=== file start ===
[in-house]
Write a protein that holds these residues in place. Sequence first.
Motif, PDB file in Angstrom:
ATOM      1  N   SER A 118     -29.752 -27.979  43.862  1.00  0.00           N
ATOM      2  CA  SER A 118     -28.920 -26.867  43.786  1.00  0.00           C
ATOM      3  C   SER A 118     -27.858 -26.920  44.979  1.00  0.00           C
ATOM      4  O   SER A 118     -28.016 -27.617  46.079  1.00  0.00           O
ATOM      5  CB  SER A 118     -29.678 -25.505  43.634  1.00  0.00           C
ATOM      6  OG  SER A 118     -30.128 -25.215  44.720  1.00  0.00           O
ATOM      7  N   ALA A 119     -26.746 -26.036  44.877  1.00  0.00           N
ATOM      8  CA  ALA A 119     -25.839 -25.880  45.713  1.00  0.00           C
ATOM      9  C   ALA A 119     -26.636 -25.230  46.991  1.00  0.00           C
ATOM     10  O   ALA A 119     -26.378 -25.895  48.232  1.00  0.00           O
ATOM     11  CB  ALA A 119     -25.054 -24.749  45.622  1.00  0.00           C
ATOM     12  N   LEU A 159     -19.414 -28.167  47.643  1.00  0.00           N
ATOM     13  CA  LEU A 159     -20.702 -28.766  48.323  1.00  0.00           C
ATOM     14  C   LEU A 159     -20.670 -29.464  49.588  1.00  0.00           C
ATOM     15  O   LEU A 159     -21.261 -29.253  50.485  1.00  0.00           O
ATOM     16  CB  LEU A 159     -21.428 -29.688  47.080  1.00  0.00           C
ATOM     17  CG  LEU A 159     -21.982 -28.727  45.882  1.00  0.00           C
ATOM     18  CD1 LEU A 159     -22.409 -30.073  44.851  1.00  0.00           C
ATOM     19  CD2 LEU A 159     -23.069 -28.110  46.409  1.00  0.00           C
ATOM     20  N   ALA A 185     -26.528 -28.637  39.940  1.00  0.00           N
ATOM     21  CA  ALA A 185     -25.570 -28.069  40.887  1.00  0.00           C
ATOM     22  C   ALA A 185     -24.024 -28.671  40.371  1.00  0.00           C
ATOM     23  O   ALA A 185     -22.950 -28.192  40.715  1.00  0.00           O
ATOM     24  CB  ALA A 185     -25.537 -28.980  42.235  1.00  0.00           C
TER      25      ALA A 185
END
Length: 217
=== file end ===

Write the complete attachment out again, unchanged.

[in-house]
Write a protein that holds these residues in place. Sequence first.
Motif, PDB file in Angstrom:
ATOM      1  N   SER A 118     -29.752 -27.979  43.862  1.00  0.00           N
ATOM      2  CA  SER A 118     -28.920 -26.867  43.786  1.00  0.00           C
ATOM      3  C   SER A 118     -27.858 -26.920  44.979  1.00  0.00           C
ATOM      4  O   SER A 118     -28.016 -27.617  46.079  1.00  0.00           O
ATOM      5  CB  SER A 118     -29.678 -25.505  43.634  1.00  0.00           C
ATOM      6  OG  SER A 118     -30.128 -25.215  44.720  1.00  0.00           O
ATOM      7  N   ALA A 119     -26.746 -26.036  44.877  1.00  0.00           N
ATOM      8  CA  ALA A 119     -25.839 -25.880  45.713  1.00  0.00           C
ATOM      9  C   ALA A 119     -26.636 -25.230  46.991  1.00  0.00           C
ATOM     10  O   ALA A 119     -26.378 -25.895  48.232  1.00  0.00           O
ATOM     11  CB  ALA A 119     -25.054 -24.749  45.622  1.00  0.00           C
ATOM     12  N   LEU A 159     -19.414 -28.167  47.643  1.00  0.00           N
ATOM     13  CA  LEU A 159     -20.702 -28.766  48.323  1.00  0.00           C
ATOM     14  C   LEU A 159     -20.670 -29.464  49.588  1.00  0.00           C
ATOM     15  O   LEU A 159     -21.261 -29.253  50.485  1.00  0.00           O
ATOM     16  CB  LEU A 159     -21.428 -29.688  47.080  1.00  0.00           C
ATOM     17  CG  LEU A 159     -21.982 -28.727  45.882  1.00  0.00           C
ATOM     18  CD1 LEU A 159     -22.409 -30.073  44.851  1.00  0.00           C
ATOM     19  CD2 LEU A 159     -23.069 -28.110  46.409  1.00  0.00           C
ATOM     20  N   ALA A 185     -26.528 -28.637  39.940  1.00  0.00           N
ATOM     21  CA  ALA A 185     -25.570 -28.069  40.887  1.00  0.00           C
ATOM     22  C   ALA A 185     -24.024 -28.671  40.371  1.00  0.00           C
ATOM     23  O   ALA A 185     -22.950 -28.192  40.715  1.00  0.00           O
ATOM     24  CB  ALA A 185     -25.537 -28.980  42.235  1.00  0.00           C
TER      25      ALA A 185
END
Length: 217